As part of British Science Week 2016, the Museum of London asked Imperial’s MSc Science Communication students to develop and deliver activities for a Family Learning Festival.

The students’ brief was to come up with activities that would bring the science behind London to life - and at the same time be engaging for families. Scientific areas as diverse as bridge building, aerospace engineering, ecology and healthcare were brought to the fore, with families asked to make, smell, discuss, try on and explore.

3000 families attended during the weekend – and they had plenty of choice of activity. Some tried on plague doctors’ masks and investigated how effective medieval healthcare was. Some investigated what the plague would have looked like to modern scientists. Some found out how different materials survive in the Thames, and what lives there. Yet others followed a series of clues to track down the cause of a cholera outbreak. Construction activities ranged from bridge building to paper planes, with families discovering what can be learned from aerospace engineering about the perfect paper plane design.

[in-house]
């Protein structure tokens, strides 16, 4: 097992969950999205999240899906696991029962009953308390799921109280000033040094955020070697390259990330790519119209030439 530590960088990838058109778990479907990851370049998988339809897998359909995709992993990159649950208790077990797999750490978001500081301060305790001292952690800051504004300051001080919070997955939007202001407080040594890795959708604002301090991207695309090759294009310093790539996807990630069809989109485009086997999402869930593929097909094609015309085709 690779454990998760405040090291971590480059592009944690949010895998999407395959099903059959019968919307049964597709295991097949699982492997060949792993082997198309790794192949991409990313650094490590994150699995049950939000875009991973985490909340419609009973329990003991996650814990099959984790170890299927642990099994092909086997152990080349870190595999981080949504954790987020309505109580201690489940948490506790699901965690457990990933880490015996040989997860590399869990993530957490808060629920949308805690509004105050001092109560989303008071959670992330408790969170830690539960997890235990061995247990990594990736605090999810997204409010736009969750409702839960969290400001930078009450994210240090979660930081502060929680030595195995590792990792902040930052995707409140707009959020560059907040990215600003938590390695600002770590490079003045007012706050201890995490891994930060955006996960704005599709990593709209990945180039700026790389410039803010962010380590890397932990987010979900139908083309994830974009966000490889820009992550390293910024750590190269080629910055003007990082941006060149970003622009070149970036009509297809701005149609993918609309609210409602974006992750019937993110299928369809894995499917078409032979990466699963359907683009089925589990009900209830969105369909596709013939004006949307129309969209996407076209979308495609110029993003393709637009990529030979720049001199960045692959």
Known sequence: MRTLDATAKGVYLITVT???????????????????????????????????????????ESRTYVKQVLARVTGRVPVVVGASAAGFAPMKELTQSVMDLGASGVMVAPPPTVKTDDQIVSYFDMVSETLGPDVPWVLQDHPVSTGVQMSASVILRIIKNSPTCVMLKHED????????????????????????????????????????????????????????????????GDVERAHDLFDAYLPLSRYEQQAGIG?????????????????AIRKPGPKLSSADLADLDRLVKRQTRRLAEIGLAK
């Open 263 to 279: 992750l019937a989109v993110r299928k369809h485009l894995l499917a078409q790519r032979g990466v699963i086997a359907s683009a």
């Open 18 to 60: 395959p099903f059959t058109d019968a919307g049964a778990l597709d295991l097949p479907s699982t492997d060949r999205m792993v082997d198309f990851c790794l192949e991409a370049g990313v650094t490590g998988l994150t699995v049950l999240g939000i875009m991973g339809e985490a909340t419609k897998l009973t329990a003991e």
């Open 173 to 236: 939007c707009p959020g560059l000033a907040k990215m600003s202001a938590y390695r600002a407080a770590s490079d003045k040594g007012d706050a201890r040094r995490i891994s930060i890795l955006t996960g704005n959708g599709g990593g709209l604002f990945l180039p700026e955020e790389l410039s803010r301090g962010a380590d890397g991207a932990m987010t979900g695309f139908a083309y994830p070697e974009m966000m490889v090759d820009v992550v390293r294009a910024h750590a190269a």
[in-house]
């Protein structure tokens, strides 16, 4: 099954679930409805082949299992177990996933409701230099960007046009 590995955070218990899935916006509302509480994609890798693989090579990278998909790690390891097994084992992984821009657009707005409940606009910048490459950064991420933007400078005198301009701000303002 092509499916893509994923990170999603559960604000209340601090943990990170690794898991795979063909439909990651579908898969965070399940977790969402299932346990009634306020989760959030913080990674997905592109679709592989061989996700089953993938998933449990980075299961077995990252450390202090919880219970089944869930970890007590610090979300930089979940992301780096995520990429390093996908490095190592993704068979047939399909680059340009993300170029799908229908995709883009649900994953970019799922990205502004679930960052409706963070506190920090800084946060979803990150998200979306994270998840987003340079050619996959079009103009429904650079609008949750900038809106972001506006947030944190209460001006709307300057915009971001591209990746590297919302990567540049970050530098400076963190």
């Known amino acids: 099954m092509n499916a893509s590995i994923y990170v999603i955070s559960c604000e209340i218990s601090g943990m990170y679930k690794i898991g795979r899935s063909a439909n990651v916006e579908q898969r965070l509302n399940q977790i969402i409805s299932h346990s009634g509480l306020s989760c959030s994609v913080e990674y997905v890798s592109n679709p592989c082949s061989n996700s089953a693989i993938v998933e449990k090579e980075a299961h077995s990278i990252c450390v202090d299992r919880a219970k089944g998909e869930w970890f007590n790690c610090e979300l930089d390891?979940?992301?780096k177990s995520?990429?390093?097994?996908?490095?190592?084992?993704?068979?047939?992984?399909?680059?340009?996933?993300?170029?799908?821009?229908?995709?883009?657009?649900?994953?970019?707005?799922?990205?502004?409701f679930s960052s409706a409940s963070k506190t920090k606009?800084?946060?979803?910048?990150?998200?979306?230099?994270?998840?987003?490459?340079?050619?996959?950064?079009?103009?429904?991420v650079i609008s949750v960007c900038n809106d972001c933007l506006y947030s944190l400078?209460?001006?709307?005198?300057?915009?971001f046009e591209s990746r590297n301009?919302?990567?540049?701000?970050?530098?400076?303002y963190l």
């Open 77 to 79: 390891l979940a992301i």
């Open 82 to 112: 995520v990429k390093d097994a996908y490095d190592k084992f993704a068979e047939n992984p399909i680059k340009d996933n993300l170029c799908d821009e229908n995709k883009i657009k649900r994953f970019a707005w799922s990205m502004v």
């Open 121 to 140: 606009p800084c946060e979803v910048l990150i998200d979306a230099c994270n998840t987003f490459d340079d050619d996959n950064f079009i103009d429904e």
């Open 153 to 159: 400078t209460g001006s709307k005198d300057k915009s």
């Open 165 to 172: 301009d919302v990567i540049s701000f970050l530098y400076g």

The student group enjoyed the creativity and curiosity of children in response to their activities, and noted the many and varied dynamics of family groups. One student commented that it was remarkable how much quite young children knew already about certain science topics – in particular, there seem to be a lot of experts on the plague who are under the age of ten!  

London’s history is rich and varied, and it would be easy to forget how science runs through almost every part of it. This collaboration was a very enjoyable way to remember, and discover, some of this science. Visitors commented that as a result of it, ‘Children feel closer to science’ and that it was ‘Good to see crossing over science and history’. As one visitor said: ‘I personally love science, but today has been eye-opening to what science involves’